Biden May Give Abrams Tanks to Ukraine in Huge Boost for Zelensky: Report

The United States could be reversing its opposition to providing Ukraine with M1 Abrams tanks, according to a Tuesday report from Reuters.

The news agency added that two U.S. officials said an announcement regarding Abrams tanks could come "as soon as this week."

Ukrainian President Volodymyr Zelensky and other officials from his country have been vocal in recent weeks about their desire to obtain battle tanks in order to defend themselves from Russian forces. On Friday, Zelensky appeared via video during a meeting of Ukraine allies at Ramstein air base in Germany to make an appeal for weapons, and he placed a special emphasis on a call for tanks.

The U.S. officials who spoke to Reuters on the condition of anonymity said they did know if a final decision had been made regarding the sending of Abrams tanks to Ukraine. However, if President Joe Biden approved the deal, the tanks could boost Zelensky's forces as Ukraine prepares for what it believes is a major offensive coming from Russia in the upcoming weeks.

Volodymyr Zelensky speaks during Kyiv press conference
In the main image, Ukrainian President Volodymyr Zelensky speaks during a joint press conference with his Finnish counterpart following their talks in Kyiv, on January 24, 2023. The smaller picture shows a M1Abrams battle tank of the U.S. army at the Baltic Container Terminal in Gdynia, Poland, on December 3, 2022. The U.S. is considering giving Ukraine Abrams tanks, according to a new report. Photos by SERGEI SUPINSKY/MATEUSZ SLODKOWSKI/AFP/Getty Images

The Wall Street Journal also reported on Tuesday that anonymous U.S. officials said that the Biden administration was "leaning toward sending a significant number" of Abrams tanks to Ukraine.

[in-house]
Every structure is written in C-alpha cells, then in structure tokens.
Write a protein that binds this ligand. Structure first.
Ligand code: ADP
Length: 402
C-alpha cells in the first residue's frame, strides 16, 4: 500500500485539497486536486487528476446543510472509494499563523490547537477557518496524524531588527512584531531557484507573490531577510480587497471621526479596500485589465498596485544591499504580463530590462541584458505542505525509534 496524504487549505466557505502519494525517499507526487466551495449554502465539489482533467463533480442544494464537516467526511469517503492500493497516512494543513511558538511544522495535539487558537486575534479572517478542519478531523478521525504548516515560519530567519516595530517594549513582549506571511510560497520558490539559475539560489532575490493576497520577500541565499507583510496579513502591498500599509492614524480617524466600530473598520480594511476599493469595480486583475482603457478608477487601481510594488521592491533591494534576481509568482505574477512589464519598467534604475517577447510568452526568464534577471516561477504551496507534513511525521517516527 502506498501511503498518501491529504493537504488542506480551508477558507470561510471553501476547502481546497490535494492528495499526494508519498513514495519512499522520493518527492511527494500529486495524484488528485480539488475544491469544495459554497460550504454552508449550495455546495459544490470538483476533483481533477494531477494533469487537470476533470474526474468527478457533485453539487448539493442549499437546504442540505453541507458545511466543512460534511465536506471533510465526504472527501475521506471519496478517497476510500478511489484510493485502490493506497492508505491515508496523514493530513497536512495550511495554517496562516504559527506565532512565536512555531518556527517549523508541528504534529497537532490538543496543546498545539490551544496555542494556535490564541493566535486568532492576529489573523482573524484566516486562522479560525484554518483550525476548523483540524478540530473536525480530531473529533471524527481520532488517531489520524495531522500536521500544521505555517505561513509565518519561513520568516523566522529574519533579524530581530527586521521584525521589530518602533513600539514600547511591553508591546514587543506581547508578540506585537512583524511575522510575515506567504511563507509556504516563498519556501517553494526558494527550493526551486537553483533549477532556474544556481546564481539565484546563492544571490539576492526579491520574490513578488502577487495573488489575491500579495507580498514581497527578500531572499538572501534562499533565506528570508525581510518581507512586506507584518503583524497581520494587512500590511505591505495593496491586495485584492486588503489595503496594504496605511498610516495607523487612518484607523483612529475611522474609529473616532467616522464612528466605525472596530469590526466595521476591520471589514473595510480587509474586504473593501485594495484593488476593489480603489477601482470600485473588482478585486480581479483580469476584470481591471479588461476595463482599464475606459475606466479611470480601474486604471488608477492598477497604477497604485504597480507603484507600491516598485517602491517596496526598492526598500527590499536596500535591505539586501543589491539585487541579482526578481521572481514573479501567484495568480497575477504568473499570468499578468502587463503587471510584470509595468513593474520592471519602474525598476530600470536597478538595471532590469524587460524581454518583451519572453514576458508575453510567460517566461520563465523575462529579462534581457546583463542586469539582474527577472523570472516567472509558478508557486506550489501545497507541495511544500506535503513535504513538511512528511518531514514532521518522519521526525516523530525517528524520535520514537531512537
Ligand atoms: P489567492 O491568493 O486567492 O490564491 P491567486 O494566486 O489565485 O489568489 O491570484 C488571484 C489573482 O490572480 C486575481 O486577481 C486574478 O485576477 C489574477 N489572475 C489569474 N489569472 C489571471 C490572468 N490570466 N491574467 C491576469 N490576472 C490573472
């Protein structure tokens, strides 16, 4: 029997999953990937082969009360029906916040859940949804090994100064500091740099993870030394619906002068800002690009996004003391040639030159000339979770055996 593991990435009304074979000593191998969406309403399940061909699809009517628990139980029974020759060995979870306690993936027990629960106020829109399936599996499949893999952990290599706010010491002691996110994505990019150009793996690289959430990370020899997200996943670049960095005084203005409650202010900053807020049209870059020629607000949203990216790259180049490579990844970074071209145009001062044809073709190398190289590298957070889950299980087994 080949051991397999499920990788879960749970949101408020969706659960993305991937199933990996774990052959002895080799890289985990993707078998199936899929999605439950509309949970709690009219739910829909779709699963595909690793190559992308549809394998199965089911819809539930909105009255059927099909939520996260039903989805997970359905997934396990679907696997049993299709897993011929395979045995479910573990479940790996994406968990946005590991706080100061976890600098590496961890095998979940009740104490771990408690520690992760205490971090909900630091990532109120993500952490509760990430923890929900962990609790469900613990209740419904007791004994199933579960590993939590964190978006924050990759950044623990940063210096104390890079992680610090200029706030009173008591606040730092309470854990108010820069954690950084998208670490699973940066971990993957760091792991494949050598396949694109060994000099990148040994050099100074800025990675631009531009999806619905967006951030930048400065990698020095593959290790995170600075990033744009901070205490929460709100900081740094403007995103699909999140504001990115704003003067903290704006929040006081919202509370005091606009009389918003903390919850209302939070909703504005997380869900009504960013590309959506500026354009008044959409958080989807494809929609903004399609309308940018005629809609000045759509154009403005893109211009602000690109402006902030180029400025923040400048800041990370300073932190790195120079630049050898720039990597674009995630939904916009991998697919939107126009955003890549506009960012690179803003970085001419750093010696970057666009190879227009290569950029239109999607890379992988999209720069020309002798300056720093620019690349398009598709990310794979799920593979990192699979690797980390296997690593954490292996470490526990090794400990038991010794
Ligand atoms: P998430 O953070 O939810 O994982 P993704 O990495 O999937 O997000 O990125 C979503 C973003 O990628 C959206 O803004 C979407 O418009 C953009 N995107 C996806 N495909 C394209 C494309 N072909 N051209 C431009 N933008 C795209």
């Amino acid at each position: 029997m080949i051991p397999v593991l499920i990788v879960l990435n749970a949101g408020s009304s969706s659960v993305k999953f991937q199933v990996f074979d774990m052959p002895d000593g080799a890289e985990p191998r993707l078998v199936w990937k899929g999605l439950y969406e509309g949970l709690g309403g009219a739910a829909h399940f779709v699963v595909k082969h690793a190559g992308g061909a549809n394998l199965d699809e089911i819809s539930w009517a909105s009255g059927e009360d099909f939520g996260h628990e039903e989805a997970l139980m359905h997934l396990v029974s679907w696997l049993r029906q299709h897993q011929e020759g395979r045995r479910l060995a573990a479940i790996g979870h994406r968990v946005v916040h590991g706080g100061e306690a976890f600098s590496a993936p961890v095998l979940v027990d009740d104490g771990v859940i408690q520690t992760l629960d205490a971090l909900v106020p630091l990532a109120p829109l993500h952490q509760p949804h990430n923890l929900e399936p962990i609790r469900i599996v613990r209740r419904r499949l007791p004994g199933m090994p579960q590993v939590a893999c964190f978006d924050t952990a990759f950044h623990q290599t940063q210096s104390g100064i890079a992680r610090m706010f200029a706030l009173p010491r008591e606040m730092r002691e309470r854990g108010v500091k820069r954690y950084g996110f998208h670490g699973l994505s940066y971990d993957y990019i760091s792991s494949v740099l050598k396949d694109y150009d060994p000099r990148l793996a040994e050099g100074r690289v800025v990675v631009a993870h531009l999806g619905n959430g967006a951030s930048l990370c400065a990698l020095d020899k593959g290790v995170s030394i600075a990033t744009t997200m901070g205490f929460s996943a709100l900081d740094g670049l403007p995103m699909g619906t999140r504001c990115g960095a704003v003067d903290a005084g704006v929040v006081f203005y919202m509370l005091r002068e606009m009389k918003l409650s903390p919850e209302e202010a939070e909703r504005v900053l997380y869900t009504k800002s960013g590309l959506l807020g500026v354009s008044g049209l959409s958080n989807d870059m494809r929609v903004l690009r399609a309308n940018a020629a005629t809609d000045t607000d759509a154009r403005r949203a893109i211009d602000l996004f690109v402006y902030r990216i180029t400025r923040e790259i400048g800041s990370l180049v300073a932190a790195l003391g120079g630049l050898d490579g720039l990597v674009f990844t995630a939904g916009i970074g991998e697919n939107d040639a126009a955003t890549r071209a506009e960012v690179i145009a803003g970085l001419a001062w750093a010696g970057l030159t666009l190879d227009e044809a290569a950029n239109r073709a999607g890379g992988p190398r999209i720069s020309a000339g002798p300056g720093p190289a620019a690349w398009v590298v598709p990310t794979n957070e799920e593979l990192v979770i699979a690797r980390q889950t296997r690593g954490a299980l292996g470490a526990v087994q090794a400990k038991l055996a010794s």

The Journal wrote that the U.S. sending Abrams tanks to Ukraine would come as part of a deal with Germany that would see Berlin provide some of its own Leopard 2 tanks as well as approve Leopards being delivered by Poland and other nations.

One of the main objectives for Friday's meeting at Ramstein was to convince Germany to send Leopards to Ukraine and to approve Leopard transfers from other countries. The meeting ended with Germany still undecided, but Germany's Foreign Minister Anna Baerbock on Sunday told a French television station her country "would not stand in the way" if Poland sent Leopards.

On Tuesday, Poland's defense minister said he had formally asked Germany for permission to transfer its Leopards to Ukraine.

German officials had previously said they would only send or allow others to deliver Leopards to Zelensky's forces if the U.S. also provided M1 Abrams tanks.

Mark N. Katz, a professor at George Mason University's Schar School of Policy and Government, told Newsweek that reports had indicated the Pentagon was "hesitant about sending Abrams tanks to Ukraine due to the difficulty of operating them in combat by troops who have not received extensive training on them."

Katz added, "It would seem, then, that if the Biden Administration is now going to reverse course—or simply override the Pentagon—and send Abrams tanks to Ukraine, it is as part of the process of smoothing the way for Germany both to approve transfers of Leopards to Ukraine by other countries which have them, and perhaps even to Germany itself sending them directly to Ukraine."

Professor and chair of the political science department at Northwestern University William Reno told Newsweek that Germany has to "consider its future relations with Russia in a way" that the U.S. doesn't.

"We're asking them to punch the Bear in the face, and they're asking if we will be there after they punch the Bear," he said.

Reno also offered a brief summary of the differences between the technologically advanced Abrams tanks and Leopards.

"Abrams are for discriminating customers and Leopards are for value shoppers," Reno said.

Newsweek reached out to the White House for comment.

Update 01/24/22 12:35 p.m. ET: This story has been updated to include more background information and comments from Mark N. Katz and William Reno.